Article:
60 Seconds With…Martine McCutcheon (Metro, 11th May 2016)


The actress, 39, came to fame in EastEnders, before trying movies and music. She now has a new clothing range.

What inspired your new fashion range?

Well, after I did a Christmassy collection for the website Fashion World, they asked me if I could do a summer range. It’s a lot harder to be flattering with summer clothing than with winter. I started off by thinking: what would I like to wear on holiday? I love blue and white in the summer , it’s just so fresh and lovely with a tan.

When you’re not wearing your own designs, are you a high street girl?

I love high street, designer, vintage… I just love clothes! I think it’s the actress in me.

You’re turning 40… is that a big deal?

Yeah, 40 is huge! My thirties were a rollercoaster, a bit of the wilderness years. A few key things went right but a lot of things went wrong, and I found my thirties quite hard. Now I’m turning 40, I’ve met my husband and had my little boy, and I feel a lot more anchored.

What’s the biggest lesson you learnt in your thirties?

To be a lot more self-accepting and less hard on myself. Confidence and wisdom come together.

Has becoming a mum changed how you see your body and fashion?

Yeah, definitely – now I want to be more practical and effortlessly chic. Before, I would try a lot harder.

Because now you have to deal with baby food and baby sick…

Exactly! I have key designer pieces but I love the high street because it is more affordable – for when that carrot isn’t coming out of that beautiful blouse…

What else have you got up your sleeve?

I’m doing a film with Alan Davies called The Bromley Boys, starting in July. It’s about achieving your dreams. I don’t want to give too much away but it’s lovely. And I’m back in the studio. That was my first love and the acting was a brilliant accident. I’ve got a new single coming out at the end of the year.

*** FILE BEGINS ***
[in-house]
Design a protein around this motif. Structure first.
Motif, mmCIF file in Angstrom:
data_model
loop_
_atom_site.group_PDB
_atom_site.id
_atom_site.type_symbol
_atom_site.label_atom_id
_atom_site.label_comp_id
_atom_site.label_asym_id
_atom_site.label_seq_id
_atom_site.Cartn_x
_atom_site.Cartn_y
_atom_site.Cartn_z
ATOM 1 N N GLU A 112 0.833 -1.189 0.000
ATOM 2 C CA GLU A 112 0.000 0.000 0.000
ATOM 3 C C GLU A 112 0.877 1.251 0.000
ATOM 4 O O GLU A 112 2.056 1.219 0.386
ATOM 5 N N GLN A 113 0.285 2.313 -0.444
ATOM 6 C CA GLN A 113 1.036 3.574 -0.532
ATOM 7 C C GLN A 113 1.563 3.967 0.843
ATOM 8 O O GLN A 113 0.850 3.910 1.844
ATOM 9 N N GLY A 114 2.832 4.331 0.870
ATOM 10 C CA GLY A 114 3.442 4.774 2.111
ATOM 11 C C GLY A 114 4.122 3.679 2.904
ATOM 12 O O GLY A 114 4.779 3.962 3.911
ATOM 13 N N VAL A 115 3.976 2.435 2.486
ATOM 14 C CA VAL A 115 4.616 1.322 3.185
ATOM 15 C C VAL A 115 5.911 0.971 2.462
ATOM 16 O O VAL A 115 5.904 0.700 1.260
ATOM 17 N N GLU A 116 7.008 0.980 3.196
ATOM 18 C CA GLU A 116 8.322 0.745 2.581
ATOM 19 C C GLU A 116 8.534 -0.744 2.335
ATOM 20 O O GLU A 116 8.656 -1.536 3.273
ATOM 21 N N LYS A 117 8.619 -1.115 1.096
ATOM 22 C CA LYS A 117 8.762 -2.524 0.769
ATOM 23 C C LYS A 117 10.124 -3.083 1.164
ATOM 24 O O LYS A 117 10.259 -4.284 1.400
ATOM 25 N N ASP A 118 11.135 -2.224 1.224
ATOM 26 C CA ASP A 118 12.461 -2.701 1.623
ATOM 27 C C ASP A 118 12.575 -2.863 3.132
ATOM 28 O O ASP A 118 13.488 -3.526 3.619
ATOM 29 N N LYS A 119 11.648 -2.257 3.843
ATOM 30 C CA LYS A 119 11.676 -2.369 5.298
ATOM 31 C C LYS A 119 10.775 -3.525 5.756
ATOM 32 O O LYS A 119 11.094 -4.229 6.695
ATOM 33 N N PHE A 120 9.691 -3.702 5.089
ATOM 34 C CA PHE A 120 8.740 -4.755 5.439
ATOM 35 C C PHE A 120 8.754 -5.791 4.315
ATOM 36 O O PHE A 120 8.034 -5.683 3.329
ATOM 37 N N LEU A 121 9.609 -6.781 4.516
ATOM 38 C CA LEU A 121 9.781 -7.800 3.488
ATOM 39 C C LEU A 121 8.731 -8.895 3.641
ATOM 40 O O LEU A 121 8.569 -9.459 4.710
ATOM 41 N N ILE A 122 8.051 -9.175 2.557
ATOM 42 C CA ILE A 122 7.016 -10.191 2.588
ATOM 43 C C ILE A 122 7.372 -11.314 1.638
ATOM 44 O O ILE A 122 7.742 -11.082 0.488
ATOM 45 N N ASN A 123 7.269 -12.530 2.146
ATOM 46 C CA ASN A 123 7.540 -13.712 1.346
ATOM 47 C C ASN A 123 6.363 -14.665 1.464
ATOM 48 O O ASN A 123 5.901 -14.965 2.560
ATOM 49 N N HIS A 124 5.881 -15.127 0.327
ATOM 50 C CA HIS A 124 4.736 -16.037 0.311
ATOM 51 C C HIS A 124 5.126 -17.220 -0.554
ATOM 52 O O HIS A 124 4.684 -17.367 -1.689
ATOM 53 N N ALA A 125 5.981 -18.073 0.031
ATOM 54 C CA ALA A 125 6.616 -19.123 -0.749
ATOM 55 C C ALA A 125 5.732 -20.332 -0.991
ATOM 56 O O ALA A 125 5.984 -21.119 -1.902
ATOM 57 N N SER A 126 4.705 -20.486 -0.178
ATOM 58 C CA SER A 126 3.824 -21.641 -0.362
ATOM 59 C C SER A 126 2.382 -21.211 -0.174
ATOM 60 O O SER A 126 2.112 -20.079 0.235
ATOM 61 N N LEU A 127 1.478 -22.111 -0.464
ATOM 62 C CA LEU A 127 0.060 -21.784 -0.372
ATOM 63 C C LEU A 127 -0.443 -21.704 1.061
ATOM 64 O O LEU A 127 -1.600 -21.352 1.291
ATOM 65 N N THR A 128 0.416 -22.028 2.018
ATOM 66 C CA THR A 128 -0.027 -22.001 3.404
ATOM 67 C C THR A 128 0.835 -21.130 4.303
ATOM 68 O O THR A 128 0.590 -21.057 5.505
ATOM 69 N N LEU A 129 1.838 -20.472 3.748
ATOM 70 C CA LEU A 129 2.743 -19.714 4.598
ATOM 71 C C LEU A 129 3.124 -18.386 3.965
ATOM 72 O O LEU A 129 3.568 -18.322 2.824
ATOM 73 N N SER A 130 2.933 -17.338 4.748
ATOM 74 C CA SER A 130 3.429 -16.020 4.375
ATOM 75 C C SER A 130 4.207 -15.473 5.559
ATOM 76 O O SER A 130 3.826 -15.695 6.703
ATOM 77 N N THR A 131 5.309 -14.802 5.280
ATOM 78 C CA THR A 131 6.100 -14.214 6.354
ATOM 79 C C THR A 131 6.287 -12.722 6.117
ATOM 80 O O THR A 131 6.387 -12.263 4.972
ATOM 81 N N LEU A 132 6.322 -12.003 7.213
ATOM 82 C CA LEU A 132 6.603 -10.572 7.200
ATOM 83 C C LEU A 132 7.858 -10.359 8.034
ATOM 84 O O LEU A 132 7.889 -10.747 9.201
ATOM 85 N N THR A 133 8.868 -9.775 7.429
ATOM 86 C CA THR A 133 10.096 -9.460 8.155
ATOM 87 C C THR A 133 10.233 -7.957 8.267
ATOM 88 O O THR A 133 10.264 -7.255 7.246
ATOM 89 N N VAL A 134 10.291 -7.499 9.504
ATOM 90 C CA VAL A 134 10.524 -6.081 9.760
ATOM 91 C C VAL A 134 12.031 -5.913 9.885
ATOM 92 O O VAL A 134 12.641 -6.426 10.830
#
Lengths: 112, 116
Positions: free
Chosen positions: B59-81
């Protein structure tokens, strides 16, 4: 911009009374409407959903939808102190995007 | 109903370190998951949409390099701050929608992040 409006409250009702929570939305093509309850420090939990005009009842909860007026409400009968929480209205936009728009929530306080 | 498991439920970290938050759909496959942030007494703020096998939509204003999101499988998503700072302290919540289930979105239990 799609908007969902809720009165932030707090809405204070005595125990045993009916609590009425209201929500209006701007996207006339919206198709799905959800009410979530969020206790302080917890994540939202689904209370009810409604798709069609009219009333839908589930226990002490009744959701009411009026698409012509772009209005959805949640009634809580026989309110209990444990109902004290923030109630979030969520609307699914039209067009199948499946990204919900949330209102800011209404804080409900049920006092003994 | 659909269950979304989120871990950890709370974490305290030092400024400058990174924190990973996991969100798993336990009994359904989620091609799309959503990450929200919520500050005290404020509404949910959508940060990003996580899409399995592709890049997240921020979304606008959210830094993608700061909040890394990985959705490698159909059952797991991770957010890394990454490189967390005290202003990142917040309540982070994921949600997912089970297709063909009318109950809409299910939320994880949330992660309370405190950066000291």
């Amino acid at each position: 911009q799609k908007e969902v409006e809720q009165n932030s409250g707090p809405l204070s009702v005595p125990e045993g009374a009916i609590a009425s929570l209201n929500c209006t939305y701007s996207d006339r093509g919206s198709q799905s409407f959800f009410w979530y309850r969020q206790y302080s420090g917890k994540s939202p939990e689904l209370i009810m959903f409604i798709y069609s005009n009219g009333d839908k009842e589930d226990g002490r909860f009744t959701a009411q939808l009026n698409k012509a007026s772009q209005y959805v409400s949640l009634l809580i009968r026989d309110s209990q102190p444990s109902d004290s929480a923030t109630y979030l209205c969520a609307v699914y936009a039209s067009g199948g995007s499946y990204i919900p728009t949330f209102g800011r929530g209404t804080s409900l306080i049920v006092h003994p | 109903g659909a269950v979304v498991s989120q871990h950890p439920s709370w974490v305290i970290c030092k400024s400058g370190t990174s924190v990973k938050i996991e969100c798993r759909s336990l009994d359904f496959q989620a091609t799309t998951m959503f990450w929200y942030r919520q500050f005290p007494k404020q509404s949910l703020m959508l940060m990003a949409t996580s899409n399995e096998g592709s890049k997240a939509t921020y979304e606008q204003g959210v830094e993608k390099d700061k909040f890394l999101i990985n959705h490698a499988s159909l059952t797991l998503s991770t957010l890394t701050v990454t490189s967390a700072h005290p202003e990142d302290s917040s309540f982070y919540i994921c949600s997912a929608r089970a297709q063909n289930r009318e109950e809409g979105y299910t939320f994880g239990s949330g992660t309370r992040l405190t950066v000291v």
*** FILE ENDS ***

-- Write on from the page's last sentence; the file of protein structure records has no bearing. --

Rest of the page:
What kind of music will it be?

It’s going to be sort of pop-rock/country music. Very Radio 2, very much for my audience. And hopefully they’ll love it.

After Love, Actually, there was a point when you were trying to break Hollywood… did it disappoint you that you didn’t become Britain’s answer to Jennifer Lopez?

No! I went to the US with Love, Actually, and there was this hype around me. I got a big TV show with NBC but then the head of the network left and the new guy wasn’t sure if he wanted to inherit the old president’s work. I’d sold my place in London, moved to LA, I had no friends… I just wanted to come home and be around my family. I missed them desperately.

And then what happened?

I got really unwell with ME. I took time out of the business and it affected me for years. When I had my son, it gave me a new lease of life and everything fell into place. I’m the happiest I’ve ever been.

What do you think the biggest misconception about you is?

Probably that I really p***ed everybody off in America. I think they were ready for my downfall – I’d been riding high for too long. And instead they just fabricated something.

Do you mean the British press or the American?

Oh, the British. They love you in second place and I’m very American in my attitude. I genuinely love what I do… that’s enthusiasm. When I was young, I didn’t realise you had to be humble, even when you’re bursting to tell people how excited you are.

So what do you think of Metro?

Oh, I am a fan, I am! I take the Tube and read Metro. And you’ve been kind to me over the years.

Do you ever watch EastEnders?

No, I don’t know anyone in it. But it was lovely they called one of the characters Tiffany and the legacy lived on. We had the most fantastic camaraderie, which I really do miss. I was 18 when I started and we grew up in the public eye. All our mistakes and drunken nights out were there and I wouldn’t change any of it.

Do you wish they hadn’t killed you off?